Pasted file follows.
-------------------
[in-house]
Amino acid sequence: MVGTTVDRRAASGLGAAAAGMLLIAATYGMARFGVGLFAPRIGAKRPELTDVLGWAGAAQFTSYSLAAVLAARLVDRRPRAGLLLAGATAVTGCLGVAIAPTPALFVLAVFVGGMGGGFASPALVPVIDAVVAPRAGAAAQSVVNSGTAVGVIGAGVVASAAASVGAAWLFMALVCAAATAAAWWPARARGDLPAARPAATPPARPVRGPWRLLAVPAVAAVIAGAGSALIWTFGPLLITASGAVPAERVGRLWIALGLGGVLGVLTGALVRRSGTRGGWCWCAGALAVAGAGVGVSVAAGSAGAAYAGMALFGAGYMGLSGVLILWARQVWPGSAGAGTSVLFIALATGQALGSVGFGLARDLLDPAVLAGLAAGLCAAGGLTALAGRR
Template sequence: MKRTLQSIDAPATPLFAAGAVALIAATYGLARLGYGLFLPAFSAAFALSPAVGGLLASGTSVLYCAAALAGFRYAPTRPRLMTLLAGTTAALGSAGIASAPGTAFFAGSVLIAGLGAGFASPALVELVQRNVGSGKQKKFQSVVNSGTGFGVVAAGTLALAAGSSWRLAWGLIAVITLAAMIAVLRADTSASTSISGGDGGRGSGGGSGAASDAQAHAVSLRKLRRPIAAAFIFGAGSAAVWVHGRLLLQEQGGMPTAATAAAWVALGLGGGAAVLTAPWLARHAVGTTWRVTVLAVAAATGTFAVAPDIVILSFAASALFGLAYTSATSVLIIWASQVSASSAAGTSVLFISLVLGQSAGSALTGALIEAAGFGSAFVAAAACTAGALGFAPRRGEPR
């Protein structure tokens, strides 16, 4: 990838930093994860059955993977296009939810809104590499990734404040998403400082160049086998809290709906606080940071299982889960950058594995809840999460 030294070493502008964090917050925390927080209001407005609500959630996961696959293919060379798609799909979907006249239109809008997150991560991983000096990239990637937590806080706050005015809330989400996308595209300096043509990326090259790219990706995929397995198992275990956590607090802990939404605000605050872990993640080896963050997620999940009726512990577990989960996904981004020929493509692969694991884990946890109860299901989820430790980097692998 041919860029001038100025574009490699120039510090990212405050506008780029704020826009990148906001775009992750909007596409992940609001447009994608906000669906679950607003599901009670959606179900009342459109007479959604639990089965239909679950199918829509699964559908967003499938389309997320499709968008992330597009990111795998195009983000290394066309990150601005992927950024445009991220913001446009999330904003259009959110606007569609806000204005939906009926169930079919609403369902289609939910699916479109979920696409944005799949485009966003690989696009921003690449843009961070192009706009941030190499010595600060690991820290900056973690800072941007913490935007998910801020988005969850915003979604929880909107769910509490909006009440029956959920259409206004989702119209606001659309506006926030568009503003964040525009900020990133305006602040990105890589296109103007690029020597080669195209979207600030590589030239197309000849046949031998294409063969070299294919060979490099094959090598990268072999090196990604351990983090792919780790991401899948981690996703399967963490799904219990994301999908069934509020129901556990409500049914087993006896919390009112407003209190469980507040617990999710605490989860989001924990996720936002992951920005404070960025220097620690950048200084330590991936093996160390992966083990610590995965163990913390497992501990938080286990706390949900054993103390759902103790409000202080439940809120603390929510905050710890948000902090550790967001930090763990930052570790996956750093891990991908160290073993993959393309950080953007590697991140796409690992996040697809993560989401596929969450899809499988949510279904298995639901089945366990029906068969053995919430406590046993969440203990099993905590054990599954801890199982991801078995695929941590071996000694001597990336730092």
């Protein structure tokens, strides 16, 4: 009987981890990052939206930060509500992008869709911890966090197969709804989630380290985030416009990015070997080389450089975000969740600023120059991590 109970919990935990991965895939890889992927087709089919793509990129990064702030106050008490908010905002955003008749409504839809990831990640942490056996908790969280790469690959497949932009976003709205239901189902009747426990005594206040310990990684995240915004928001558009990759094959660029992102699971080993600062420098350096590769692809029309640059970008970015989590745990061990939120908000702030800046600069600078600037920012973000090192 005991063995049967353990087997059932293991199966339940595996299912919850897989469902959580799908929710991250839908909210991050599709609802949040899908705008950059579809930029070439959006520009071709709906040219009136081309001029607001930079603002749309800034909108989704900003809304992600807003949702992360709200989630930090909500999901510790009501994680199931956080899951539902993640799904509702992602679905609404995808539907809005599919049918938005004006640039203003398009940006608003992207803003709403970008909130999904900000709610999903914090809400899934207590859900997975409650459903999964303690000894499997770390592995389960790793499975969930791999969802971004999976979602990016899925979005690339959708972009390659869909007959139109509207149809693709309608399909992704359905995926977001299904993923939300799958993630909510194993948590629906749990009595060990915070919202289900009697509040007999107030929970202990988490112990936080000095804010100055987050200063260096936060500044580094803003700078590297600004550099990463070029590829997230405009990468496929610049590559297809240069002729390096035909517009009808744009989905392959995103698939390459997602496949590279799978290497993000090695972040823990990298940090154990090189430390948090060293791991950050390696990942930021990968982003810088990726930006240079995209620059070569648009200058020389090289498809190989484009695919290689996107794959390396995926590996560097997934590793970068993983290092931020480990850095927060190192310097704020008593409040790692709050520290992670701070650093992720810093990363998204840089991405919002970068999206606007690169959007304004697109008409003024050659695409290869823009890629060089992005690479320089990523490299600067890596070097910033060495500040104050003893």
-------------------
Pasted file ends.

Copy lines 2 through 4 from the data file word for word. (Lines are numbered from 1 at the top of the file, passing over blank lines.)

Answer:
Amino acid sequence: MVGTTVDRRAASGLGAAAAGMLLIAATYGMARFGVGLFAPRIGAKRPELTDVLGWAGAAQFTSYSLAAVLAARLVDRRPRAGLLLAGATAVTGCLGVAIAPTPALFVLAVFVGGMGGGFASPALVPVIDAVVAPRAGAAAQSVVNSGTAVGVIGAGVVASAAASVGAAWLFMALVCAAATAAAWWPARARGDLPAARPAATPPARPVRGPWRLLAVPAVAAVIAGAGSALIWTFGPLLITASGAVPAERVGRLWIALGLGGVLGVLTGALVRRSGTRGGWCWCAGALAVAGAGVGVSVAAGSAGAAYAGMALFGAGYMGLSGVLILWARQVWPGSAGAGTSVLFIALATGQALGSVGFGLARDLLDPAVLAGLAAGLCAAGGLTALAGRR
Template sequence: MKRTLQSIDAPATPLFAAGAVALIAATYGLARLGYGLFLPAFSAAFALSPAVGGLLASGTSVLYCAAALAGFRYAPTRPRLMTLLAGTTAALGSAGIASAPGTAFFAGSVLIAGLGAGFASPALVELVQRNVGSGKQKKFQSVVNSGTGFGVVAAGTLALAAGSSWRLAWGLIAVITLAAMIAVLRADTSASTSISGGDGGRGSGGGSGAASDAQAHAVSLRKLRRPIAAAFIFGAGSAAVWVHGRLLLQEQGGMPTAATAAAWVALGLGGGAAVLTAPWLARHAVGTTWRVTVLAVAAATGTFAVAPDIVILSFAASALFGLAYTSATSVLIIWASQVSASSAAGTSVLFISLVLGQSAGSALTGALIEAAGFGSAFVAAAACTAGALGFAPRRGEPR
């Protein structure tokens, strides 16, 4: 990838930093994860059955993977296009939810809104590499990734404040998403400082160049086998809290709906606080940071299982889960950058594995809840999460 030294070493502008964090917050925390927080209001407005609500959630996961696959293919060379798609799909979907006249239109809008997150991560991983000096990239990637937590806080706050005015809330989400996308595209300096043509990326090259790219990706995929397995198992275990956590607090802990939404605000605050872990993640080896963050997620999940009726512990577990989960996904981004020929493509692969694991884990946890109860299901989820430790980097692998 041919860029001038100025574009490699120039510090990212405050506008780029704020826009990148906001775009992750909007596409992940609001447009994608906000669906679950607003599901009670959606179900009342459109007479959604639990089965239909679950199918829509699964559908967003499938389309997320499709968008992330597009990111795998195009983000290394066309990150601005992927950024445009991220913001446009999330904003259009959110606007569609806000204005939906009926169930079919609403369902289609939910699916479109979920696409944005799949485009966003690989696009921003690449843009961070192009706009941030190499010595600060690991820290900056973690800072941007913490935007998910801020988005969850915003979604929880909107769910509490909006009440029956959920259409206004989702119209606001659309506006926030568009503003964040525009900020990133305006602040990105890589296109103007690029020597080669195209979207600030590589030239197309000849046949031998294409063969070299294919060979490099094959090598990268072999090196990604351990983090792919780790991401899948981690996703399967963490799904219990994301999908069934509020129901556990409500049914087993006896919390009112407003209190469980507040617990999710605490989860989001924990996720936002992951920005404070960025220097620690950048200084330590991936093996160390992966083990610590995965163990913390497992501990938080286990706390949900054993103390759902103790409000202080439940809120603390929510905050710890948000902090550790967001930090763990930052570790996956750093891990991908160290073993993959393309950080953007590697991140796409690992996040697809993560989401596929969450899809499988949510279904298995639901089945366990029906068969053995919430406590046993969440203990099993905590054990599954801890199982991801078995695929941590071996000694001597990336730092």